“Secrecy was a prominent concern for early modern Europeans in many walks of life, not only statesmen and princes. Artists, craftsmen and those who were their patrons were no exception, as this fascinating collection of illustrated essays consistently shows. Treating a wide range of artistic products and practices, from engraving and acting to printing, architecture and painting, Visual Cultures of Secrecy in Early Modern Europe breaks new ground in the study of visual secrets and their unveiling, chiefly in Italy, between the fifteenth and seventeenth centuries. Interwoven with the detailed analysis of material objects and archival documents are to be found fresh insights into the discourses of early modern philosophy, medicine, religion, cartography, politics, and gender.”
“The wide range of matters addressed in this volume makes it a fascinating and varied read for anyone interested in Renaissance culture.”
“This book stands out for the diversity of secrets it investigates. Yet, in all this diversity, its focus on the performance of secrecy and the sociability of secrets lends it coherence. This is a worthy addition to the growing literature on secrecy in early modern cultures of knowledge.”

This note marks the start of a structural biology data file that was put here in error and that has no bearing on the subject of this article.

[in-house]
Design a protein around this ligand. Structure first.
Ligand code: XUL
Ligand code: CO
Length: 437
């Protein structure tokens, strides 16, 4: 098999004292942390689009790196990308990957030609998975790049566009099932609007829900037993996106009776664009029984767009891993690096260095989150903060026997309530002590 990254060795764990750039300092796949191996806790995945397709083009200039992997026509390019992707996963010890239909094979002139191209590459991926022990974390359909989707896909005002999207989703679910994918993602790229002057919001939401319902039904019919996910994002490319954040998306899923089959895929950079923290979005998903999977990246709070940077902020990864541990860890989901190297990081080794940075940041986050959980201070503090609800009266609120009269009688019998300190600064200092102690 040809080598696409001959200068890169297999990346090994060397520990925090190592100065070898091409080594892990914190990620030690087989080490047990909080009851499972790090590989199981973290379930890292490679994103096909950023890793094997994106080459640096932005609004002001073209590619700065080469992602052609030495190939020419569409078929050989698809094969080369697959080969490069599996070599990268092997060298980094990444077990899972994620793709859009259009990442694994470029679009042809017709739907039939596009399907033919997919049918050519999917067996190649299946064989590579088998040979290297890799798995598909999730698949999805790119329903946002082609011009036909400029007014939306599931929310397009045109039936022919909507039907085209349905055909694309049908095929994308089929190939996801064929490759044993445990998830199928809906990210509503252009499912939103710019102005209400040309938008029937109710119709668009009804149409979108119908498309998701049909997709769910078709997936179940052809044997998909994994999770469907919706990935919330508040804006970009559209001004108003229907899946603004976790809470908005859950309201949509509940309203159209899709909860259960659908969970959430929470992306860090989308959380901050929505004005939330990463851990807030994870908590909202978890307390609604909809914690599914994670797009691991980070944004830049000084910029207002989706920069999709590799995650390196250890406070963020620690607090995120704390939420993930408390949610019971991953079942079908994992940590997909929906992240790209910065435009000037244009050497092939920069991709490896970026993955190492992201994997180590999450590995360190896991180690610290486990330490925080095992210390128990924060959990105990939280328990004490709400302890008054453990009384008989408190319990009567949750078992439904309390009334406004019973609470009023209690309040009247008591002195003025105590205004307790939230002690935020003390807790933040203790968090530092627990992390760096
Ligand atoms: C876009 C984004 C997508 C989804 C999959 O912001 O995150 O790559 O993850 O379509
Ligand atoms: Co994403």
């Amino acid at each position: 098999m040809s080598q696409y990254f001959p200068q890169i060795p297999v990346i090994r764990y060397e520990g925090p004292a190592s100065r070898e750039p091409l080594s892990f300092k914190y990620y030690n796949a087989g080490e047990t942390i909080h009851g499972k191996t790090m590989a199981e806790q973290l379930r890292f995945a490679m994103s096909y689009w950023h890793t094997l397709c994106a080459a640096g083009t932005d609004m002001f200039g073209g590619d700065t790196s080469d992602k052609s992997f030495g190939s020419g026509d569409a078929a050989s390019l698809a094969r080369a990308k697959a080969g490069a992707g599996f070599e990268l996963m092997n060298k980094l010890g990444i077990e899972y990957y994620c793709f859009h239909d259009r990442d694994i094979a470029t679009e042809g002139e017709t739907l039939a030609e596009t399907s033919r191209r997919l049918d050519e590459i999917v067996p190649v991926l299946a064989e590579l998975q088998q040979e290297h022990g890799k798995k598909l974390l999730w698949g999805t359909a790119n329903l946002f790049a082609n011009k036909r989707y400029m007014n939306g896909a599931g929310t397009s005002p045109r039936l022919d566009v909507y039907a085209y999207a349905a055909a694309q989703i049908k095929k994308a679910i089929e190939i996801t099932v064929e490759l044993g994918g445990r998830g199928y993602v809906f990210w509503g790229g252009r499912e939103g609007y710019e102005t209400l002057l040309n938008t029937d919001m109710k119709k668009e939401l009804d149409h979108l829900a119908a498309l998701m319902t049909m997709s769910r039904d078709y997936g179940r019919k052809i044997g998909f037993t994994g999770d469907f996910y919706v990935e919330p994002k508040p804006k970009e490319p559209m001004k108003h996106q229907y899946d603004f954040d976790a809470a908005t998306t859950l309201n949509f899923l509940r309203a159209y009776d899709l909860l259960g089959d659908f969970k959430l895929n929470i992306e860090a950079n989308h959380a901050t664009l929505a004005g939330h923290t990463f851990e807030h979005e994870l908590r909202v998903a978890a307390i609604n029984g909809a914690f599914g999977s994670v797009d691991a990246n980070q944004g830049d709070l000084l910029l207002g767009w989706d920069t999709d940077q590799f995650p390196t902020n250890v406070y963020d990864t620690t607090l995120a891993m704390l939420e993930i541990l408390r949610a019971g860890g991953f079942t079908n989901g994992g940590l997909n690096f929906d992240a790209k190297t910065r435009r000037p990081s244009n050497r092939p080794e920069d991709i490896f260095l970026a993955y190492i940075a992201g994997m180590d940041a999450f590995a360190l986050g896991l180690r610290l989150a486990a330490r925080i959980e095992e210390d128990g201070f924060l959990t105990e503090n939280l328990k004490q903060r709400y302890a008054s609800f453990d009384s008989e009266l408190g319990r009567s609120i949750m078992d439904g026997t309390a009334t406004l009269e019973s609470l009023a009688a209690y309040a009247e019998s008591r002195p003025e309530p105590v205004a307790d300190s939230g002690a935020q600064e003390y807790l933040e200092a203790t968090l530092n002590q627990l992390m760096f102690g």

Timothy McCall is assistant professor of art history at Villanova University. His research primarily investigates gender, power, and visual culture in fifteenth-century Italian courts. He has published in journals including Renaissance Studies and Studies in Iconography and was recently a fellow at Villa I Tatti, the Harvard University Center for Italian Renaissance Studies.

Sean Roberts is assistant professor in the Art History Department at the University of Southern California.. He has published in journals including Imago Mundi, Print Quarterly and Renaissance Studies and is the author of Printing a Mediterranean World: Florence, Constantinople, and the Renaissance of Geography (2013).

Giancarlo Fiorenza is associate professor in the Department of Art and Design at California Polytechnic State University, San Luis Obispo. His book, Dosso Dossi: Paintings of Myth, Magic, and the Antique, was published by the Pennsylvania State University Press in 2008.

Illustrations

Acknowledgments

Introduction: Revealing Early Modern Secrecy

Timothy McCall and Sean Roberts

1 The Visual Dynamics of (Un)veiling in Early Modern Culture

Patricia Simons

2 On the Skins of Goats and Sheep: (Un)masking the Secrets of Nature in Early Modern Popular Culture

William Eamon

3 Secrecy and the Production of Seignorial Space: The Coretto of Torrechiara

Timothy McCall

4 Michelangelo’s Open Secrets

Maria Ruvoldt

5 Hebrew, Hieroglyphs, and the Secrets of Divine Wisdom in Ludovico Mazzolino’s Devotional Paintings

Giancarlo Fiorenza

6 A Secret Space for a Secret Keeper: Cardinal Bibbiena at the Vatican Palace

Henry Dietrich Fernández

7 Networks of Urban Secrecy: Tamburi, Anonymous Denunciations, and the Production of the Gaze in Fifteenth-Century Florence

Allie Terry-Fritsch

8 Tricks of the Trade: The Technical Secrets of Early Engraving

Sean Roberts

9 The Alchemical Womb: Johann Remmelin’s Catoptrum Microcosmicum

Lyle Massey

About the Contributors

Index